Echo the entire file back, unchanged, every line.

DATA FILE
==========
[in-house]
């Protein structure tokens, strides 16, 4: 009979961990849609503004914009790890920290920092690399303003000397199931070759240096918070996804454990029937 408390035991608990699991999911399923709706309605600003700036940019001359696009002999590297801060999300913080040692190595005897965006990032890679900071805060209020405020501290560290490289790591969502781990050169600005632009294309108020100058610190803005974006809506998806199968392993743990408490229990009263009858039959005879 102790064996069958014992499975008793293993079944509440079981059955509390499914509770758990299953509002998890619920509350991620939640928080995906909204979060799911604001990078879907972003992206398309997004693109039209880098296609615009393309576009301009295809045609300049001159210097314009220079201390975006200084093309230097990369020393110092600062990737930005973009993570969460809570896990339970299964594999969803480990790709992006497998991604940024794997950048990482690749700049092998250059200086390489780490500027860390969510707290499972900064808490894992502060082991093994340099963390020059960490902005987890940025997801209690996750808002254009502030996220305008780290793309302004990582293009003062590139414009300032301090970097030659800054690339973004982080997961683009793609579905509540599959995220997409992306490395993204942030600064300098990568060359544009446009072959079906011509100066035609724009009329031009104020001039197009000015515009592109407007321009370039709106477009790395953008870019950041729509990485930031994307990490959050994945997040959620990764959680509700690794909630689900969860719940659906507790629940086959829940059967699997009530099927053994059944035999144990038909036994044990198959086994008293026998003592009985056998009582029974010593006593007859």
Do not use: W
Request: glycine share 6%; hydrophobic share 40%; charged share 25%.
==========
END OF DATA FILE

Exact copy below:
[in-house]
């Protein structure tokens, strides 16, 4: 009979961990849609503004914009790890920290920092690399303003000397199931070759240096918070996804454990029937 408390035991608990699991999911399923709706309605600003700036940019001359696009002999590297801060999300913080040692190595005897965006990032890679900071805060209020405020501290560290490289790591969502781990050169600005632009294309108020100058610190803005974006809506998806199968392993743990408490229990009263009858039959005879 102790064996069958014992499975008793293993079944509440079981059955509390499914509770758990299953509002998890619920509350991620939640928080995906909204979060799911604001990078879907972003992206398309997004693109039209880098296609615009393309576009301009295809045609300049001159210097314009220079201390975006200084093309230097990369020393110092600062990737930005973009993570969460809570896990339970299964594999969803480990790709992006497998991604940024794997950048990482690749700049092998250059200086390489780490500027860390969510707290499972900064808490894992502060082991093994340099963390020059960490902005987890940025997801209690996750808002254009502030996220305008780290793309302004990582293009003062590139414009300032301090970097030659800054690339973004982080997961683009793609579905509540599959995220997409992306490395993204942030600064300098990568060359544009446009072959079906011509100066035609724009009329031009104020001039197009000015515009592109407007321009370039709106477009790395953008870019950041729509990485930031994307990490959050994945997040959620990764959680509700690794909630689900969860719940659906507790629940086959829940059967699997009530099927053994059944035999144990038909036994044990198959086994008293026998003592009985056998009582029974010593006593007859």
Do not use: W
Request: glycine share 6%; hydrophobic share 40%; charged share 25%.